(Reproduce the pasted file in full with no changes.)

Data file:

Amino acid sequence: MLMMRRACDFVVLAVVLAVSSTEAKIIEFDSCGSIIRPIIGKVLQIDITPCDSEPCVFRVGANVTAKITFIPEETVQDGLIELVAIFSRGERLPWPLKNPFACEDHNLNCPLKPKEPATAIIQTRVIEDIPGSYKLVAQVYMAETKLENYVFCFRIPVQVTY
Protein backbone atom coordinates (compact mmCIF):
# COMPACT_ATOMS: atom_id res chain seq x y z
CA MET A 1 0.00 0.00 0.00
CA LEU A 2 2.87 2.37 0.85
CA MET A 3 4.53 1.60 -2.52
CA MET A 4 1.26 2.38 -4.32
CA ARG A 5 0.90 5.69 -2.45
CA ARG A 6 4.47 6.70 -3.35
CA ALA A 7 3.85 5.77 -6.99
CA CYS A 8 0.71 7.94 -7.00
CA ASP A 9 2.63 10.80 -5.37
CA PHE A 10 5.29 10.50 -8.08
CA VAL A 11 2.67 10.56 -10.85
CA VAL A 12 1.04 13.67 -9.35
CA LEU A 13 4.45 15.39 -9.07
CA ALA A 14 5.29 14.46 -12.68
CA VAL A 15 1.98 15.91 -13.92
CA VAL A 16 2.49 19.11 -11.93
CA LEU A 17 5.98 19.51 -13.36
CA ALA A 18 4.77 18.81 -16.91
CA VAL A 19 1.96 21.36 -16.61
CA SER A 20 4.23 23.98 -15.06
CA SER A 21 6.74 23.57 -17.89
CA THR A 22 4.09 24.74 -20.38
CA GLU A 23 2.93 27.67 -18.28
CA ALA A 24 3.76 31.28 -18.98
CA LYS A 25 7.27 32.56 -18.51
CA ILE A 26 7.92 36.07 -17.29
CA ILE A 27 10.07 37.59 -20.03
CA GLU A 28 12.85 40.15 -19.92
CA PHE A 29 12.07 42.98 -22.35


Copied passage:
Amino acid sequence: MLMMRRACDFVVLAVVLAVSSTEAKIIEFDSCGSIIRPIIGKVLQIDITPCDSEPCVFRVGANVTAKITFIPEETVQDGLIELVAIFSRGERLPWPLKNPFACEDHNLNCPLKPKEPATAIIQTRVIEDIPGSYKLVAQVYMAETKLENYVFCFRIPVQVTY
Protein backbone atom coordinates (compact mmCIF):
# COMPACT_ATOMS: atom_id res chain seq x y z
CA MET A 1 0.00 0.00 0.00
CA LEU A 2 2.87 2.37 0.85
CA MET A 3 4.53 1.60 -2.52
CA MET A 4 1.26 2.38 -4.32
CA ARG A 5 0.90 5.69 -2.45
CA ARG A 6 4.47 6.70 -3.35
CA ALA A 7 3.85 5.77 -6.99
CA CYS A 8 0.71 7.94 -7.00
CA ASP A 9 2.63 10.80 -5.37
CA PHE A 10 5.29 10.50 -8.08
CA VAL A 11 2.67 10.56 -10.85
CA VAL A 12 1.04 13.67 -9.35
CA LEU A 13 4.45 15.39 -9.07
CA ALA A 14 5.29 14.46 -12.68
CA VAL A 15 1.98 15.91 -13.92
CA VAL A 16 2.49 19.11 -11.93
CA LEU A 17 5.98 19.51 -13.36
CA ALA A 18 4.77 18.81 -16.91
CA VAL A 19 1.96 21.36 -16.61
CA SER A 20 4.23 23.98 -15.06
CA SER A 21 6.74 23.57 -17.89
CA THR A 22 4.09 24.74 -20.38
CA GLU A 23 2.93 27.67 -18.28
CA ALA A 24 3.76 31.28 -18.98
CA LYS A 25 7.27 32.56 -18.51
CA ILE A 26 7.92 36.07 -17.29
CA ILE A 27 10.07 37.59 -20.03
CA GLU A 28 12.85 40.15 -19.92
CA PHE A 29 12.07 42.98 -22.35